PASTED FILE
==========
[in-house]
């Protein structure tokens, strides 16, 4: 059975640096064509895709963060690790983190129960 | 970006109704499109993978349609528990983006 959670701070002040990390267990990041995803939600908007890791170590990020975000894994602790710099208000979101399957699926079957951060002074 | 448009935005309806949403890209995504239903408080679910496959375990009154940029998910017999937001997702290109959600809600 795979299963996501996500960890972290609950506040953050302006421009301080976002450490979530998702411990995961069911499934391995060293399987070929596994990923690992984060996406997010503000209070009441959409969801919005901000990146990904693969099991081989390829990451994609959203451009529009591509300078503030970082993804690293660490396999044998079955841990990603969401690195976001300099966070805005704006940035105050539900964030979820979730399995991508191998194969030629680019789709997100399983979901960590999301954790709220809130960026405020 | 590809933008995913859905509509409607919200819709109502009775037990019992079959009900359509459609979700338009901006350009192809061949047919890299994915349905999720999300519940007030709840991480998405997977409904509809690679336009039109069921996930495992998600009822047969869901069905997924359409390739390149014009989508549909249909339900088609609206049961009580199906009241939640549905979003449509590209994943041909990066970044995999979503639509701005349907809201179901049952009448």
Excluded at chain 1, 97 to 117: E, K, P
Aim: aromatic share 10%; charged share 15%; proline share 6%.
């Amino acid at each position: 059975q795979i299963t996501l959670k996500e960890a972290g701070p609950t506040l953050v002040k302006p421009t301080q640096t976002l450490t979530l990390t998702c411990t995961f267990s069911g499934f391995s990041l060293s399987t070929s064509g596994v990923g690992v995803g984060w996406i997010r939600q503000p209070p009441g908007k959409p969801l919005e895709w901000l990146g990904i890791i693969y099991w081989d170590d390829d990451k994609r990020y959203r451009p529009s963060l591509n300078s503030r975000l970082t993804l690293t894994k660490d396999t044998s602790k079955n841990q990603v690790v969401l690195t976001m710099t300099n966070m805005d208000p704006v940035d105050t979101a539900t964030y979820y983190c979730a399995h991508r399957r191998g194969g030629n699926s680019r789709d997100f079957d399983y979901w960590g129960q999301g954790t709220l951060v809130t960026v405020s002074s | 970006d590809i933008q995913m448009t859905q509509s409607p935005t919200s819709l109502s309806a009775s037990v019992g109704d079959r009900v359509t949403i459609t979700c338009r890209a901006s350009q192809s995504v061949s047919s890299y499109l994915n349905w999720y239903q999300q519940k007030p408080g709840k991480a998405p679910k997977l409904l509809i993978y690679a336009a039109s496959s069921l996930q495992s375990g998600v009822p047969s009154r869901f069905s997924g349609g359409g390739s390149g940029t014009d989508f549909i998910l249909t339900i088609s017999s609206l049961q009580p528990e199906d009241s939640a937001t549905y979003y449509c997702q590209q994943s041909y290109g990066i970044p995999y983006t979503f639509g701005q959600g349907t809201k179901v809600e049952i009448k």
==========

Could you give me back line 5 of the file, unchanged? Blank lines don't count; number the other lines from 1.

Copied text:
């Amino acid at each position: 059975q795979i299963t996501l959670k996500e960890a972290g701070p609950t506040l953050v002040k302006p421009t301080q640096t976002l450490t979530l990390t998702c411990t995961f267990s069911g499934f391995s990041l060293s399987t070929s064509g596994v990923g690992v995803g984060w996406i997010r939600q503000p209070p009441g908007k959409p969801l919005e895709w901000l990146g990904i890791i693969y099991w081989d170590d390829d990451k994609r990020y959203r451009p529009s963060l591509n300078s503030r975000l970082t993804l690293t894994k660490d396999t044998s602790k079955n841990q990603v690790v969401l690195t976001m710099t300099n966070m805005d208000p704006v940035d105050t979101a539900t964030y979820y983190c979730a399995h991508r399957r191998g194969g030629n699926s680019r789709d997100f079957d399983y979901w960590g129960q999301g954790t709220l951060v809130t960026v405020s002074s | 970006d590809i933008q995913m448009t859905q509509s409607p935005t919200s819709l109502s309806a009775s037990v019992g109704d079959r009900v359509t949403i459609t979700c338009r890209a901006s350009q192809s995504v061949s047919s890299y499109l994915n349905w999720y239903q999300q519940k007030p408080g709840k991480a998405p679910k997977l409904l509809i993978y690679a336009a039109s496959s069921l996930q495992s375990g998600v009822p047969s009154r869901f069905s997924g349609g359409g390739s390149g940029t014009d989508f549909i998910l249909t339900i088609s017999s609206l049961q009580p528990e199906d009241s939640a937001t549905y979003y449509c997702q590209q994943s041909y290109g990066i970044p995999y983006t979503f639509g701005q959600g349907t809201k179901v809600e049952i009448k």